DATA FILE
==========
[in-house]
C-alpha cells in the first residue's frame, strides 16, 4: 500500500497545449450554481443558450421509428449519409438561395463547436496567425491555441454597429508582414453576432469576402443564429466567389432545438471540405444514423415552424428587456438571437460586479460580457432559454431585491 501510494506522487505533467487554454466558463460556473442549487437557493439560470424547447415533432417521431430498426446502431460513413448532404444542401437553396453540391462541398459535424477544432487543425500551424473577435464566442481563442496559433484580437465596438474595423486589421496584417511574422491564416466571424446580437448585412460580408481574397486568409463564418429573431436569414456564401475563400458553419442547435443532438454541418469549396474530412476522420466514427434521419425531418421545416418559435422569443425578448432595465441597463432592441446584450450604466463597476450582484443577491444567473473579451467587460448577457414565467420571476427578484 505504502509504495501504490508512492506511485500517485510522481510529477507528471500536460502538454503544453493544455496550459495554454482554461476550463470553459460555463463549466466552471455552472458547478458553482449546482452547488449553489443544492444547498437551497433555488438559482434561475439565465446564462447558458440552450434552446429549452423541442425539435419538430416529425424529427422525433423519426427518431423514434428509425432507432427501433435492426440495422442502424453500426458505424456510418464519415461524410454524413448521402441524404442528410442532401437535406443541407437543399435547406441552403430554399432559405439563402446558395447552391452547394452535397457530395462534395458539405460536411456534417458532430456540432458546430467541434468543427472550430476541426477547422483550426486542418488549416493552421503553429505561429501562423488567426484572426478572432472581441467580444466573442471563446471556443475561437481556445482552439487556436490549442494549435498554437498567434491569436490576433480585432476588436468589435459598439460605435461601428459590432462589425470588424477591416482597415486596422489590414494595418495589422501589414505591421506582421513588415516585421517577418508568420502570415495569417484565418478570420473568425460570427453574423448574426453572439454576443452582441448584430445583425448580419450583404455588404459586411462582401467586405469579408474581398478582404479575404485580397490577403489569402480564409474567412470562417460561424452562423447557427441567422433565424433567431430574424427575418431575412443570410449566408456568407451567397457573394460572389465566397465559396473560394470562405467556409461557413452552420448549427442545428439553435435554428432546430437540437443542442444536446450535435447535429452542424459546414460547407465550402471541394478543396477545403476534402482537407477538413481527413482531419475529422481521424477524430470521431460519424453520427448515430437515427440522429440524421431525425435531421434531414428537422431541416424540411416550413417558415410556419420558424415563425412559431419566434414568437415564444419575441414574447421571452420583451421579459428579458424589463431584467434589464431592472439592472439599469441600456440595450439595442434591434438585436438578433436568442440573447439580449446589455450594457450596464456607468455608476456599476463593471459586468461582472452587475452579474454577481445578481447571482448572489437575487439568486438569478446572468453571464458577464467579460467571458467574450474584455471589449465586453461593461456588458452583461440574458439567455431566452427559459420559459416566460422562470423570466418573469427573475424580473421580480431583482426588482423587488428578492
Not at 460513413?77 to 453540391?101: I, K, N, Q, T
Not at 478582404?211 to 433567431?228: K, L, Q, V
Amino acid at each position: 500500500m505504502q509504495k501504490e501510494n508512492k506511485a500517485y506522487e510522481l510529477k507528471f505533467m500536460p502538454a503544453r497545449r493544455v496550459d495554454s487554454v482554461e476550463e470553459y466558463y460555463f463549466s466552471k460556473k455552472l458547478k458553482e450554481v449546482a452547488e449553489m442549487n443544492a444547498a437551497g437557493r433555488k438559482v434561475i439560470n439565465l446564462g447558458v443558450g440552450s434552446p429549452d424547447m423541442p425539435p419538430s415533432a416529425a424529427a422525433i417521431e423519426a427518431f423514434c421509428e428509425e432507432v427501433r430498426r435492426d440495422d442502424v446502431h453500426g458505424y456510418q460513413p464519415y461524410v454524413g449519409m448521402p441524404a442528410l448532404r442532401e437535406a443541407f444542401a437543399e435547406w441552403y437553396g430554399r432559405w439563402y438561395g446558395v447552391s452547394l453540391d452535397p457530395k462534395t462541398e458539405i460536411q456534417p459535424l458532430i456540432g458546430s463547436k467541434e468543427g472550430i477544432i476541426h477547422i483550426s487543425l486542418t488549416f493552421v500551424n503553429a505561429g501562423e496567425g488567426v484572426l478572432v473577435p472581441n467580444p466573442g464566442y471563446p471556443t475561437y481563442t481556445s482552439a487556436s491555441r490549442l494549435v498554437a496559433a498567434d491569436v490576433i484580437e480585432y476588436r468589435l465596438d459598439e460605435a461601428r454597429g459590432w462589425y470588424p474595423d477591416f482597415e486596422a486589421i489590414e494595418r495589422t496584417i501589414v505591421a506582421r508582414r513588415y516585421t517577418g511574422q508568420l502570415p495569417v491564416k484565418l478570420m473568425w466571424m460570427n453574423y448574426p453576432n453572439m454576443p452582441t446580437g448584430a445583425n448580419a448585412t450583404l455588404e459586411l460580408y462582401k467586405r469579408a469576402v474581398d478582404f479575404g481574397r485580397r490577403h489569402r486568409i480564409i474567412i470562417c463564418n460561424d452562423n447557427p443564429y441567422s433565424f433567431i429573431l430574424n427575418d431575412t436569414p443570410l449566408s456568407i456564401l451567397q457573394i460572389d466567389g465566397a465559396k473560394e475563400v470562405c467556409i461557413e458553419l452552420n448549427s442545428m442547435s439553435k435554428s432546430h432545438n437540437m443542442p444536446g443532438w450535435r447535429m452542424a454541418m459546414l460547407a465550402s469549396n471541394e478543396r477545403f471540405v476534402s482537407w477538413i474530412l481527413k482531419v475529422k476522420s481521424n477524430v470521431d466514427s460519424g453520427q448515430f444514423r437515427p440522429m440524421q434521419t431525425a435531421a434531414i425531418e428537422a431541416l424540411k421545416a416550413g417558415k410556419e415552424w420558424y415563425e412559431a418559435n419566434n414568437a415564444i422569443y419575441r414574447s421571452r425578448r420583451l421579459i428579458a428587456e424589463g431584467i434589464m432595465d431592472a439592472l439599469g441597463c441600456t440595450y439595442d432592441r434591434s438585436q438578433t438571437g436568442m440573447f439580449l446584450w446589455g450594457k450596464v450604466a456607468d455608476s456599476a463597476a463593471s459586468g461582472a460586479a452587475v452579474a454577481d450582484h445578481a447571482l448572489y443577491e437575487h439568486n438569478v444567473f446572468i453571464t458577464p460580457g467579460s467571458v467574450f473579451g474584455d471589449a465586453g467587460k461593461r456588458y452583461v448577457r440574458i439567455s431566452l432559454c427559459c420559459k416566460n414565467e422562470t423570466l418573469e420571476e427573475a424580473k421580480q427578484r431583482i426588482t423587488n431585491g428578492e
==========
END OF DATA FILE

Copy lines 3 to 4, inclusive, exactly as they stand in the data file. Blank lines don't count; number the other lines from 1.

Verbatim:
Not at 460513413?77 to 453540391?101: I, K, N, Q, T
Not at 478582404?211 to 433567431?228: K, L, Q, V